Teachers are a resilient lot; it’s a hallmark of our profession and a key to long-term success in the classroom. This quality has come in handy the past few years, which have been turbulent with respect to education policy.
Educators have found themselves in a political tug of war—at once trying to teach our children amidst all of the turmoil and noise, while at the same time trying to assert and insert ourselves in a policymaking process that sometimes excludes the very people tasked with carrying out policies.
We certainly felt supported by voters who overwhelmingly rejected Propositions 1, 2, 3—policies that seemed less about “reforming” education or improving student learning and more about attacking teachers and justifying more cuts to public education.
Throughout much of last year, our members discussed how we would move forward, regardless of election results. We didn’t fool ourselves into thinking that the election outcome would put an end to reform discussions. In fact, we advocated for a broader public dialogue about improving our schools, including proven strategies that all stakeholders could get behind. We worked diligently on a white paper (found on our web site) outlining numerous research-based recommendations that we hoped would advance the dialogue in productive ways.
Teachers were guardedly optimistic when Gov. Otter convened an education task force. We have actively participated in that process. In a perfect world, the task force might have examined all the concepts in the failed propositions, taking the necessary time to analyze, assess, and make recommendations. Some, however, were intent on reintroducing many ideas found in the failed propositions, regardless of the task force process.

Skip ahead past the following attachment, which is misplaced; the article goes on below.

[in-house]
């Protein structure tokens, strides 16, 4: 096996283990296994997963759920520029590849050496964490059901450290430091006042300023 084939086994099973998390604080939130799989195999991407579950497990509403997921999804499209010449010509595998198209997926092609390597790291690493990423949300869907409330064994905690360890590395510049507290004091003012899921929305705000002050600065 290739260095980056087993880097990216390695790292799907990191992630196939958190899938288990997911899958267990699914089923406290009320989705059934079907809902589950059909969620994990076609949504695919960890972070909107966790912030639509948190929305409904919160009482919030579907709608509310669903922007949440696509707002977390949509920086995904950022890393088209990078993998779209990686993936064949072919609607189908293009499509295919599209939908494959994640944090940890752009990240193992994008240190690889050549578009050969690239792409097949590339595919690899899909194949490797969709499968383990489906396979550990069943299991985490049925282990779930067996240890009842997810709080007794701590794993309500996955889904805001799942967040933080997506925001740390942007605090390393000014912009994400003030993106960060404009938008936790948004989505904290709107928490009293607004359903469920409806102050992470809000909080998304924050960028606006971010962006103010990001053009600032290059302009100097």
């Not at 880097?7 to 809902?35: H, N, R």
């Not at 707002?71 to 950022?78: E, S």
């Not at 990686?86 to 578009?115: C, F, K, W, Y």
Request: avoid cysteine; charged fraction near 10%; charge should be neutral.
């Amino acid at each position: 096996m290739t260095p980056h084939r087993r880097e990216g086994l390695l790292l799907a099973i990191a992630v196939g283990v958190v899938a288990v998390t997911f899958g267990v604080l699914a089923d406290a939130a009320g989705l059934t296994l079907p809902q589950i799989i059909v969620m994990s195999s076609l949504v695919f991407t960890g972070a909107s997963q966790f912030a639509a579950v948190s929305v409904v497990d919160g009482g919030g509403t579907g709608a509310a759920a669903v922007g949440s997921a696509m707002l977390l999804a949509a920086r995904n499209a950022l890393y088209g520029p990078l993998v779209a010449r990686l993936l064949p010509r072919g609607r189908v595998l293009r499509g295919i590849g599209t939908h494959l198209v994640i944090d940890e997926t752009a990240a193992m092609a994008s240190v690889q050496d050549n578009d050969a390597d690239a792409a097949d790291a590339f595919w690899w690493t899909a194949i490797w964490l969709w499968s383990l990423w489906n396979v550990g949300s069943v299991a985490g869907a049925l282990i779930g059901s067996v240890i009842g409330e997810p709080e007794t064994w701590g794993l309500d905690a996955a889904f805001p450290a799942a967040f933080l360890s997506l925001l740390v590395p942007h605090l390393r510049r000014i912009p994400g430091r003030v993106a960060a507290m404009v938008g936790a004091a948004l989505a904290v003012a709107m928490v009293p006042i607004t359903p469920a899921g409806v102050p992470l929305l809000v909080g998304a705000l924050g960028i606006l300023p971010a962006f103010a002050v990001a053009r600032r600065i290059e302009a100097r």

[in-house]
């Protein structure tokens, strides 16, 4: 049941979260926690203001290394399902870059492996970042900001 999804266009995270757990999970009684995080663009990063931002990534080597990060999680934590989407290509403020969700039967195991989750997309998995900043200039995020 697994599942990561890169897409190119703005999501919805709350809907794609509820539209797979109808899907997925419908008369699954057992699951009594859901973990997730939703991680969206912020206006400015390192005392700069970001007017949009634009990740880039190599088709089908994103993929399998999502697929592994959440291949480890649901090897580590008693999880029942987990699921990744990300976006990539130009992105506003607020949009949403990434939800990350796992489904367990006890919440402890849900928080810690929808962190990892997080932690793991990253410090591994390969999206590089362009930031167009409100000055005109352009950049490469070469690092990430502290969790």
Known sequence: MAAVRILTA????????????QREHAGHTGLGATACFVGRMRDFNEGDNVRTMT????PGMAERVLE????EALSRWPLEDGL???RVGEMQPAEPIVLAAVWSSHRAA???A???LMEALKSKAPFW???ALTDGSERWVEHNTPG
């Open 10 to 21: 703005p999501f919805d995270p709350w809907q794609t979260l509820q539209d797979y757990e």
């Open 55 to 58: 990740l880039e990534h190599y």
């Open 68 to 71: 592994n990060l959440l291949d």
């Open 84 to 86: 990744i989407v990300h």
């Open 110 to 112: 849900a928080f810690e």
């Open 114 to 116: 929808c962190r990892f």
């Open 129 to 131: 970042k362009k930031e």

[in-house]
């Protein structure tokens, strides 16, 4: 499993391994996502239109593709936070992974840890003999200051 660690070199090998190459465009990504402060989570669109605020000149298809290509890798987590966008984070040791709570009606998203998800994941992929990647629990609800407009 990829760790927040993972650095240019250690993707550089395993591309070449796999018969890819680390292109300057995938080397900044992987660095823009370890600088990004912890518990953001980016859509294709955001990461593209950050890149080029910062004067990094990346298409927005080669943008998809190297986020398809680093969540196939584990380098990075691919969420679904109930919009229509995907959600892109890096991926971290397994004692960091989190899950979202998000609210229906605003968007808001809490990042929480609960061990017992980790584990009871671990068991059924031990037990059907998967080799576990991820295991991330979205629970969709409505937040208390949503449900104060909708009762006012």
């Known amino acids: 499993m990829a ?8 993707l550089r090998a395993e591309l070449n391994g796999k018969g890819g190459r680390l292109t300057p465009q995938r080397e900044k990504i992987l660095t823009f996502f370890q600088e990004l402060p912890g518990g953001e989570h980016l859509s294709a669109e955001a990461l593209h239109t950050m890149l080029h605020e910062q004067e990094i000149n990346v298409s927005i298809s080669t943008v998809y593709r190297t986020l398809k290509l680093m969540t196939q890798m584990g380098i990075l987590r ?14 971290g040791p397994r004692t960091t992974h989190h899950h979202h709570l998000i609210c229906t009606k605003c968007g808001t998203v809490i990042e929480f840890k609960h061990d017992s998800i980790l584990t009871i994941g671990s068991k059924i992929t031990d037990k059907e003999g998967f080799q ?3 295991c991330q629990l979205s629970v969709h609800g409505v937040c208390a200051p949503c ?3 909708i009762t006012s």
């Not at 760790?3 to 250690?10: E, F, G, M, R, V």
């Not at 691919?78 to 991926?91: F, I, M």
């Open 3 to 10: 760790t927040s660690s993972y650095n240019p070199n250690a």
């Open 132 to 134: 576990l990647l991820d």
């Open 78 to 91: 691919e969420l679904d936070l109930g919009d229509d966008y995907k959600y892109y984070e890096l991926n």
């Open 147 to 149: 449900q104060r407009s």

Thus, we engaged with lawmakers and other stakeholders in conversations about the recycled laws. We came to the table in good faith. Where possible, we’ve supported bills that we feel could help educators. For example, we support a bill requiring contract negotiation meetings to be open and transparent. We also support a bill allowing existing contracts to be reopened in districts facing financial emergencies. In some cases, we’ve worked to improve legislation that ultimately we couldn’t support, but have agreed to be neutral on.
On the other hand, there are many bills this year that we strongly oppose—often for reasons that echo our opposition to Propositions 1, 2, 3. Various proposals seek to take away teacher’s voices, severely limit negotiation practices, and make teachers less able to influence the school environment in which they work.
Some of our members and many citizens who supported the repeal of the 2011 laws, suggested that we should reject anything and everything that resembles those repealed laws. We could have taken that tack—it would have made our legislative agenda rather simple. Instead, we opted for collaboration and dialogue, knowing we wouldn’t get everything we wanted but hoping to make progress on some of the issues that matter most to us.
As the legislative session comes to a close, almost nothing has been done to address how children learn and what systemic changes we can make to improve outcomes for all kids. There are many things we know work, based on lessons from other states and countries. Instead, we’ve spent months debating stale ideas that won’t impact learning but will continue to erode teacher morale and Idaho’s ability to attract teaching talent.
The people of Idaho spoke clearly last November: reform must be a collaborative and research-driven process that’s led, in part, by educators. We urge voters to keep a close eye on upcoming votes in the Legislature, contact legislators and tell them what you think, and hold them accountable if they turn a deaf ear to the message sent when Propositions 1, 2, 3 were repealed.
Penni Cyr is President of the Idaho Education Association.